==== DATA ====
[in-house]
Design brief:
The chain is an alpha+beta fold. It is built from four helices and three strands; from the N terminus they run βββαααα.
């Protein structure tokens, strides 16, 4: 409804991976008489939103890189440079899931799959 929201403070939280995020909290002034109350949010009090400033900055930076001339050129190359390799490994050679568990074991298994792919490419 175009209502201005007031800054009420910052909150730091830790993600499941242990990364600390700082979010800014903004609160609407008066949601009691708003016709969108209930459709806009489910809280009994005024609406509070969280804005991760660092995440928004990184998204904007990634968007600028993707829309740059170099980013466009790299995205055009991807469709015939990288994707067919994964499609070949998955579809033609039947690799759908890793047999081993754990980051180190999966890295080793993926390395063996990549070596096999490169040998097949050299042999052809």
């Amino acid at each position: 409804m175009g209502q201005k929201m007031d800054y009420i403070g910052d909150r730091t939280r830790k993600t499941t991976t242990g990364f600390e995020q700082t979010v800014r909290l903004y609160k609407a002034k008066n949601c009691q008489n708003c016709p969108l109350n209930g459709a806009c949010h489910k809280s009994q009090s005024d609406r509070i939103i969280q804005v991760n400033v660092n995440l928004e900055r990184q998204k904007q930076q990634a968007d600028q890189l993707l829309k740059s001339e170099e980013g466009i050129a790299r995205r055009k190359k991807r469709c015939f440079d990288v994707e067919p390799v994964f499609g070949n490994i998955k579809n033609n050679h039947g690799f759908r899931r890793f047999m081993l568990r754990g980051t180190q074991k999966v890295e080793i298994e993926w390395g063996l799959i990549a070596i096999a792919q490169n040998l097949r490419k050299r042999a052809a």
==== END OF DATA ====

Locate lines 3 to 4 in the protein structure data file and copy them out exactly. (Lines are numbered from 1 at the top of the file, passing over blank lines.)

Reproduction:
The chain is an alpha+beta fold. It is built from four helices and three strands; from the N terminus they run βββαααα.
């Protein structure tokens, strides 16, 4: 409804991976008489939103890189440079899931799959 929201403070939280995020909290002034109350949010009090400033900055930076001339050129190359390799490994050679568990074991298994792919490419 175009209502201005007031800054009420910052909150730091830790993600499941242990990364600390700082979010800014903004609160609407008066949601009691708003016709969108209930459709806009489910809280009994005024609406509070969280804005991760660092995440928004990184998204904007990634968007600028993707829309740059170099980013466009790299995205055009991807469709015939990288994707067919994964499609070949998955579809033609039947690799759908890793047999081993754990980051180190999966890295080793993926390395063996990549070596096999490169040998097949050299042999052809």